Main Article Content
This study focuses on how the contribution of academic stress to cyberpornography use in students. In addition, this study also wants to know the inter-dimensional contribution of academic stress to cyberpornography use and the differences in the intensity of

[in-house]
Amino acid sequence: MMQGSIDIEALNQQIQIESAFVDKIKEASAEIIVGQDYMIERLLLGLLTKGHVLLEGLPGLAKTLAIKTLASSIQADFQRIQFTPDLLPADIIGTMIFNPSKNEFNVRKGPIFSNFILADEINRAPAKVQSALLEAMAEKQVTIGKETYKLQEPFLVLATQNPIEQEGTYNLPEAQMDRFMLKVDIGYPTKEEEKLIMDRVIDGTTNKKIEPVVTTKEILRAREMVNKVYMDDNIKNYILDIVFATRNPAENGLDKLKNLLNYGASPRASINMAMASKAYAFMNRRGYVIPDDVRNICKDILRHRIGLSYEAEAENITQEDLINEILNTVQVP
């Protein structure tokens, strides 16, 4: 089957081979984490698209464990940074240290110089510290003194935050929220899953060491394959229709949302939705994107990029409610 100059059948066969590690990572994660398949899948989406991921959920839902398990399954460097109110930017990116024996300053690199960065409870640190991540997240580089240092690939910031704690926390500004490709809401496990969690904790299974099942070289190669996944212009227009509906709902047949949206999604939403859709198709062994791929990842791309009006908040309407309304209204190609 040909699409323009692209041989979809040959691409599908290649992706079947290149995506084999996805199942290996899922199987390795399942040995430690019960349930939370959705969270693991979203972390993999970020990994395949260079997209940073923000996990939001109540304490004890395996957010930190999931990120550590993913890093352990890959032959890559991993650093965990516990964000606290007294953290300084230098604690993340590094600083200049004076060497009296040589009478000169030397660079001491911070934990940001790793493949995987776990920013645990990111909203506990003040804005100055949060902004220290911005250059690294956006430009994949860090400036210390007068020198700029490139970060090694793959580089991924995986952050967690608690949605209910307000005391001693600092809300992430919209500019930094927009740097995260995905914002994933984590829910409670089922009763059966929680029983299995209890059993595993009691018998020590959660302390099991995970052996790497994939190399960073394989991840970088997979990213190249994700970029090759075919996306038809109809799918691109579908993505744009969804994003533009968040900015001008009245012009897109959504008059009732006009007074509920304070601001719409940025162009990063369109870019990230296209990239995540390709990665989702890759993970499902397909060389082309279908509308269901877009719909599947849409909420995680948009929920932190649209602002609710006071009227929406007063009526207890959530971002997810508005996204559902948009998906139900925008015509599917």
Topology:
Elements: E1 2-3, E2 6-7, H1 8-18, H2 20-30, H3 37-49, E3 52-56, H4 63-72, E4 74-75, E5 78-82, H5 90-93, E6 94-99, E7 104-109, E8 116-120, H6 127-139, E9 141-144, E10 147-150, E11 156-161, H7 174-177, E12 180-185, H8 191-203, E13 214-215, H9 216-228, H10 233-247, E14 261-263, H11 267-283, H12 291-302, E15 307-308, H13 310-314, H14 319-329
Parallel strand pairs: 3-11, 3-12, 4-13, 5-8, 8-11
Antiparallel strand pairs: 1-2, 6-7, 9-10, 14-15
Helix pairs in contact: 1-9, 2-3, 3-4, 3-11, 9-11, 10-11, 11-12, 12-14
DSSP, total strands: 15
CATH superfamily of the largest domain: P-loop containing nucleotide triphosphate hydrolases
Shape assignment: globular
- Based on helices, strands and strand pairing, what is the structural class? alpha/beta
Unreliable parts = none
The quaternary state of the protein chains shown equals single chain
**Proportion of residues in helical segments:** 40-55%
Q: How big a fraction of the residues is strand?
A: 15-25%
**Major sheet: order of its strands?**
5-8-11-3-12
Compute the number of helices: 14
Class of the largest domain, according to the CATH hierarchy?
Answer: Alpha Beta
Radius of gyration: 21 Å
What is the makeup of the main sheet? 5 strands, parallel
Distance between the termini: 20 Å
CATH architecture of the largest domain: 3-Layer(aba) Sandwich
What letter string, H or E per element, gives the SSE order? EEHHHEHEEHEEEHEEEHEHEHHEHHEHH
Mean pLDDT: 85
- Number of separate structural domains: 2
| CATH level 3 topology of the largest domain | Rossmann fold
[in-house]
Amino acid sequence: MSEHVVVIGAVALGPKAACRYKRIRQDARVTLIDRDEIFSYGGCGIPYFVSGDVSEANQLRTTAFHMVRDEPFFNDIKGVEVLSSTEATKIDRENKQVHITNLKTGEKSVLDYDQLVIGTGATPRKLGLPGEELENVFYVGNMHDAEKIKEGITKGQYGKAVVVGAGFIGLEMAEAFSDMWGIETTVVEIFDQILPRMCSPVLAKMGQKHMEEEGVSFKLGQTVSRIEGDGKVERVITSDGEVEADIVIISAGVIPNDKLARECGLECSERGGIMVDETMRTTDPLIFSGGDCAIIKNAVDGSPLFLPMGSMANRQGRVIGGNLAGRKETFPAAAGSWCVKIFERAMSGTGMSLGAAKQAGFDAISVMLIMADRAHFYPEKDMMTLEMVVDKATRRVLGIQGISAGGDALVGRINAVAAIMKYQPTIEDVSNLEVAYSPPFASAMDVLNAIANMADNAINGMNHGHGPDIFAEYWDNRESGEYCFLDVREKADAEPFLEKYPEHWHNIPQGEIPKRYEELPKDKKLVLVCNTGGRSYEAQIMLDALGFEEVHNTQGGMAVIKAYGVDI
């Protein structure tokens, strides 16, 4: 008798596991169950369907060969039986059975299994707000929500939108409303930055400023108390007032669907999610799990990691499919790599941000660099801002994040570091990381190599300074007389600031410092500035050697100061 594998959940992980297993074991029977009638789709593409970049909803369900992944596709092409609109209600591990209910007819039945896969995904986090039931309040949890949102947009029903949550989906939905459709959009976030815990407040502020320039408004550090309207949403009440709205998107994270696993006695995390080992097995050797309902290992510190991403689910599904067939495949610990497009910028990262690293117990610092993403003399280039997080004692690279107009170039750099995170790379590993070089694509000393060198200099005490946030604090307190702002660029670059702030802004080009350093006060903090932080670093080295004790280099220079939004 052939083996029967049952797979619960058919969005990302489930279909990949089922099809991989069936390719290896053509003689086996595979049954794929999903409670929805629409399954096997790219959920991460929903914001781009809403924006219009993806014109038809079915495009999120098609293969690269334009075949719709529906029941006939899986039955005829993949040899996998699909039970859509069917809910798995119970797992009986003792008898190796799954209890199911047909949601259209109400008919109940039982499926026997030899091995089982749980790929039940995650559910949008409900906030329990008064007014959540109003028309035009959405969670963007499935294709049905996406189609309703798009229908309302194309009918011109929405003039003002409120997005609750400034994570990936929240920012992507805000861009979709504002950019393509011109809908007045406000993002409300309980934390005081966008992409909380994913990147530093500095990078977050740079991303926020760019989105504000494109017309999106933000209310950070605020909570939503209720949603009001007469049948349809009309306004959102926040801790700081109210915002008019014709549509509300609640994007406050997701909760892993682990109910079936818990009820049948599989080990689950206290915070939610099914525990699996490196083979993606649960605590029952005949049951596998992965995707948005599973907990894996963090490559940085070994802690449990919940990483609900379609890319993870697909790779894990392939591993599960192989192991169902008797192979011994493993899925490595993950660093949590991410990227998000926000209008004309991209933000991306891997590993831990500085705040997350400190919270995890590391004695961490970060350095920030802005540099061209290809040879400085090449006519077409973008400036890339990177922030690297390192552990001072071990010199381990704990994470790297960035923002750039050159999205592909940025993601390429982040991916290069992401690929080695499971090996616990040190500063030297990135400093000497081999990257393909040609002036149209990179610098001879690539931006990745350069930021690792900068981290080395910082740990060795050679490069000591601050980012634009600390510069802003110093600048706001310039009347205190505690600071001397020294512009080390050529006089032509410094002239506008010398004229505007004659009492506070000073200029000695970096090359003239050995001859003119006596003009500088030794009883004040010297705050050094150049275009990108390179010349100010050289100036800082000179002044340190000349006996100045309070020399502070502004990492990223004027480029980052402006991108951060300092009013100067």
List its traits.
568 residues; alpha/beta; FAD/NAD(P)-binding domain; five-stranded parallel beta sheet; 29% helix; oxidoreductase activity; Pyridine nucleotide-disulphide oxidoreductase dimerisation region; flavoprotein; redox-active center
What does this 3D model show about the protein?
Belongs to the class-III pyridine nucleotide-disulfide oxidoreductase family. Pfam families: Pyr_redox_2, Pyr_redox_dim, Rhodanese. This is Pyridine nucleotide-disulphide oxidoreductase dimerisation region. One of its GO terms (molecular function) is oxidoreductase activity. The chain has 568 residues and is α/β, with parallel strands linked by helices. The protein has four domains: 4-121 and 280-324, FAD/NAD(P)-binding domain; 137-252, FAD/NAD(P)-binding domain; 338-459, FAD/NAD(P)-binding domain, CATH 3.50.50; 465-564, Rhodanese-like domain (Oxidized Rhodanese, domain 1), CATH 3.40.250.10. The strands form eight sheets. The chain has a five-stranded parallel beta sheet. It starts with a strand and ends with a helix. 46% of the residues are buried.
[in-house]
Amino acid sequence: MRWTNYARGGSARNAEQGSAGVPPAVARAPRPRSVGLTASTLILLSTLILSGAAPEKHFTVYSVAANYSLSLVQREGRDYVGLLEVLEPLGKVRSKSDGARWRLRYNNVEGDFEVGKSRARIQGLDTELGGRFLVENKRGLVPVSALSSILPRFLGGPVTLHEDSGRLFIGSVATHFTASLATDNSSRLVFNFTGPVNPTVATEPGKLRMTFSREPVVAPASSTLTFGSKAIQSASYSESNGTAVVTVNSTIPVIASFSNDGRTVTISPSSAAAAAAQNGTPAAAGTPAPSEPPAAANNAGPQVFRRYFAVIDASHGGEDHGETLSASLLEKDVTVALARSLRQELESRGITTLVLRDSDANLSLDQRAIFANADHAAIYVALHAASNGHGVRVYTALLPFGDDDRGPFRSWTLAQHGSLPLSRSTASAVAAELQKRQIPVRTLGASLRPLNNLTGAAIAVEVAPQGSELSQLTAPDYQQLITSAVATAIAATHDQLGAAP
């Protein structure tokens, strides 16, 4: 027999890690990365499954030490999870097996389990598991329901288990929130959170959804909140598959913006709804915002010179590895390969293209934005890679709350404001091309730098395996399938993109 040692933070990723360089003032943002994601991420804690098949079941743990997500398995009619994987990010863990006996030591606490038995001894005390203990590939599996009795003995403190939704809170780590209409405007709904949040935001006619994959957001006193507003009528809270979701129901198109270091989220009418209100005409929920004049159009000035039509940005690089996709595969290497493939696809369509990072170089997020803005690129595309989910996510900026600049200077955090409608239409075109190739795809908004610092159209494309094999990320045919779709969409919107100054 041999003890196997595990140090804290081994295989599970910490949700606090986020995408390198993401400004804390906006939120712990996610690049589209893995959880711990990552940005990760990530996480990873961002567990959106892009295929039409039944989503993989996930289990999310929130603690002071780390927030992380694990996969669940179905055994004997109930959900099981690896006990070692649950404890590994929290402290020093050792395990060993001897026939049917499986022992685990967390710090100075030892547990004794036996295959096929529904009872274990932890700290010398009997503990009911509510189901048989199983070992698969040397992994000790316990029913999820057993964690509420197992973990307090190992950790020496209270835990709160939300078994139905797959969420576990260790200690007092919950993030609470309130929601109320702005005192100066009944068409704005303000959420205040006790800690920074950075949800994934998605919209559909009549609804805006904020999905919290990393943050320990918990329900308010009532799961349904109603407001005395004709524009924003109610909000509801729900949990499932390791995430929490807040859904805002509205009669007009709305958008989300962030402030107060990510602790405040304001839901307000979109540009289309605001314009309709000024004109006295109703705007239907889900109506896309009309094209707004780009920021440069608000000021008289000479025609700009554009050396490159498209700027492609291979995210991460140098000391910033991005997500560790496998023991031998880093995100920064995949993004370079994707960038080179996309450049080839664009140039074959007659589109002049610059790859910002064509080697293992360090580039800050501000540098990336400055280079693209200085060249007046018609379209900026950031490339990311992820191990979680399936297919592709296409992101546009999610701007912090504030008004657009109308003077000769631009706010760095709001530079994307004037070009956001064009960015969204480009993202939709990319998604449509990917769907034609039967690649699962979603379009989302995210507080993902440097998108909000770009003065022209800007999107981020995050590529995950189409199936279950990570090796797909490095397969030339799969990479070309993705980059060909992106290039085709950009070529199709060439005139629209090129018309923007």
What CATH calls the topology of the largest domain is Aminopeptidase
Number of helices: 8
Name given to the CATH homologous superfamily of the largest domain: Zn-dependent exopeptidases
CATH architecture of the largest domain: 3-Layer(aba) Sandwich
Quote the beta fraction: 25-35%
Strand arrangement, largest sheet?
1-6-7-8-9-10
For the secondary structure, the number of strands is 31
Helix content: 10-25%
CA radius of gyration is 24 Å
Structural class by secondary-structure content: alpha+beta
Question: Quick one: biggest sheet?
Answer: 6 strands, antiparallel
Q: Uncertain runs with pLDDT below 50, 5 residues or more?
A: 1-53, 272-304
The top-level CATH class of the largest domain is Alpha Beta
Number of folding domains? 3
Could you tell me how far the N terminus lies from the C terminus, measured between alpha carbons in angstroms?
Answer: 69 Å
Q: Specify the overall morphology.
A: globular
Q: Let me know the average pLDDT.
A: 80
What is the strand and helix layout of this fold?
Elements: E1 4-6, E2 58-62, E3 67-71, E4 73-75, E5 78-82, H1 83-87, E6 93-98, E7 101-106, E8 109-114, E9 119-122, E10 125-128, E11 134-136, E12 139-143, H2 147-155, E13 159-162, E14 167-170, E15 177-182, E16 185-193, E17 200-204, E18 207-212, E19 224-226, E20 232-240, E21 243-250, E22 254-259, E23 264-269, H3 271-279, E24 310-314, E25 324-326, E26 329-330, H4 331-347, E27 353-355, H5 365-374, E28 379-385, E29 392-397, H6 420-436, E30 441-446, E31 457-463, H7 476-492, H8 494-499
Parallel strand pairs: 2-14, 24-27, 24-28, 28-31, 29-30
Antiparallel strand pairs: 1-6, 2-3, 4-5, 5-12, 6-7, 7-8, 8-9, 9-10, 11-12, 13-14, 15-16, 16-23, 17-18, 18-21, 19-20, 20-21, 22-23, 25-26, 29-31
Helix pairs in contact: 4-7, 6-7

pornography use between men and women who experience academic stress. In knowing this, this research uses quantitative correlational methods. The sampling technique used purposive sampling with 54 respondents aged 18-25 years (SD=1.66), student status, and experienced academic stress in the last six months. The results showed a significant effect of academic stress on cyberpornography use with a significance value of 0.024. On the other hand, several dimensions of academic stress have a significant effect on cyberpornography use, where the "Worry About Grades" dimension shows a p-value of 0.015 and the "Despondency" dimension of 0.018 both of which show a p-value <0.05. However, other dimensions such as "Pressure from Study" show a p-value of 0.361, "Workload" of 0.340, and "Self-expectation" of 0.484, which shows that the three dimensions of the academic stress variable have no significant effect on cyberpornography use. Furthermore, the gender difference test shows a significance value of 0.25 which means that there is no difference in the intensity of cyberpornography use between men and women who experience academic stress.